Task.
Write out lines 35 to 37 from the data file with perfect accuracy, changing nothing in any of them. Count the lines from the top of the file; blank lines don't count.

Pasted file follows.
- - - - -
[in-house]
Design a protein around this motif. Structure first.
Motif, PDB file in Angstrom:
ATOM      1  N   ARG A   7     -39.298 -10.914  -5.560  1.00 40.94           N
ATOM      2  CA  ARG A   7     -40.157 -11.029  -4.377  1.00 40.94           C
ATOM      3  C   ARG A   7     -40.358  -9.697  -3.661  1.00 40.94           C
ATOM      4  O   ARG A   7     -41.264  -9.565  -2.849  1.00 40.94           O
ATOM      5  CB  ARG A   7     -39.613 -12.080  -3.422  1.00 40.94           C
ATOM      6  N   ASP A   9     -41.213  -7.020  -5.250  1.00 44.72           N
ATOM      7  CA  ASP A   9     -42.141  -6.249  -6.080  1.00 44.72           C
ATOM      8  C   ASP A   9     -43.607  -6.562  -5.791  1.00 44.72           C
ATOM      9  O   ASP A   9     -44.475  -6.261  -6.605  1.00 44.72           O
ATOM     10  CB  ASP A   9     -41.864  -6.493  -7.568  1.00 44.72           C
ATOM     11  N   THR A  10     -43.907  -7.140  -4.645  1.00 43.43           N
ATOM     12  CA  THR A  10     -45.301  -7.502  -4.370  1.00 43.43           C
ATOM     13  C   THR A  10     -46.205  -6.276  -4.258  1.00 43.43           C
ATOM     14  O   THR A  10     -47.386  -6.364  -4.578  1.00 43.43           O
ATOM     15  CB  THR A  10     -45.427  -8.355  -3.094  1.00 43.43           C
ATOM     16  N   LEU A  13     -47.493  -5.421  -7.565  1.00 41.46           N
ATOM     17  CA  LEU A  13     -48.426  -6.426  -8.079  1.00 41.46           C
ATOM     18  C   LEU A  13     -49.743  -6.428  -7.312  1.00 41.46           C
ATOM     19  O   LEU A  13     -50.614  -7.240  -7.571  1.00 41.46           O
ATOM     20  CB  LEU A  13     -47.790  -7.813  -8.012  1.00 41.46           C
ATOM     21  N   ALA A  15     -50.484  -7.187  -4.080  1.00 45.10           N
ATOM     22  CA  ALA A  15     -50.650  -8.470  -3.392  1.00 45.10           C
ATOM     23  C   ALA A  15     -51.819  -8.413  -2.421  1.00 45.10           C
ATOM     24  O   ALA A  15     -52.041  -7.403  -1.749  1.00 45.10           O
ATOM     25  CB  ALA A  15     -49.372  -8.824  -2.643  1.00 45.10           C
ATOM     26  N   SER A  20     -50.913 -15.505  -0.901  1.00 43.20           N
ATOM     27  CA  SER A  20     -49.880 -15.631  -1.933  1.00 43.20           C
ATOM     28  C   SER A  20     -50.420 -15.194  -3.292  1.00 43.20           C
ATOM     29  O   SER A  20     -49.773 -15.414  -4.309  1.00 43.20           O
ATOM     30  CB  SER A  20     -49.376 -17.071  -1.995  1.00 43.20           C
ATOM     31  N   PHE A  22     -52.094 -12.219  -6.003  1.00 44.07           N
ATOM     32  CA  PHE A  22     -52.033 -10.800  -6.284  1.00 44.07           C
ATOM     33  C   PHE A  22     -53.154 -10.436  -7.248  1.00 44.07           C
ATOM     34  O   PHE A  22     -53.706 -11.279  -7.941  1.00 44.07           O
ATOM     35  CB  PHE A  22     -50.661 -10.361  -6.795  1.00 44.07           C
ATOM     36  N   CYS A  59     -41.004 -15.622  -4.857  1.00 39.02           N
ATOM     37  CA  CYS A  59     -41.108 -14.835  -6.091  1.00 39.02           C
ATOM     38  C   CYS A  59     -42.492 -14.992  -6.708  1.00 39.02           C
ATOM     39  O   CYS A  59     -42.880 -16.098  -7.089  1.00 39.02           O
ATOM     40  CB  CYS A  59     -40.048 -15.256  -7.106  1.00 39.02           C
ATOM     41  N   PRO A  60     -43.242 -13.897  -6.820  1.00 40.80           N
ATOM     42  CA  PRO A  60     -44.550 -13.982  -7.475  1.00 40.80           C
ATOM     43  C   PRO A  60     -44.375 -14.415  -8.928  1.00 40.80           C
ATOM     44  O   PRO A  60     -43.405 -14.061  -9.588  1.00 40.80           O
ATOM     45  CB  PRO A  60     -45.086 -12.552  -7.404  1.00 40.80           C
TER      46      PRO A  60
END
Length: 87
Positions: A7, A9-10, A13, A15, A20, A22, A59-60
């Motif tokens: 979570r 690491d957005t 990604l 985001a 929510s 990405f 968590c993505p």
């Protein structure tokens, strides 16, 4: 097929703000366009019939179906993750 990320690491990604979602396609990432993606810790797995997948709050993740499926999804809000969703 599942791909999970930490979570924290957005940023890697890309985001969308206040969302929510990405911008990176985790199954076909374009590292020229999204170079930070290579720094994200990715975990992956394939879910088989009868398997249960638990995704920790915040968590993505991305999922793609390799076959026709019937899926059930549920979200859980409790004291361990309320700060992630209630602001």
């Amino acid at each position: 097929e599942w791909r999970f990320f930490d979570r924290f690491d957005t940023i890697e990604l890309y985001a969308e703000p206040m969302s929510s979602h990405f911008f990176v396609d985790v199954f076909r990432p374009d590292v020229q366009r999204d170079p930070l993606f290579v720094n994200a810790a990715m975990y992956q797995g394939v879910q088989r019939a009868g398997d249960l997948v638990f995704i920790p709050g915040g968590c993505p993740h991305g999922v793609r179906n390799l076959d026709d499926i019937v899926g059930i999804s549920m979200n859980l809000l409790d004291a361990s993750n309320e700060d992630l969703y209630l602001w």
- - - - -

ATOM     32  CA  PHE A  22     -52.033 -10.800  -6.284  1.00 44.07           C
ATOM     33  C   PHE A  22     -53.154 -10.436  -7.248  1.00 44.07           C
ATOM     34  O   PHE A  22     -53.706 -11.279  -7.941  1.00 44.07           O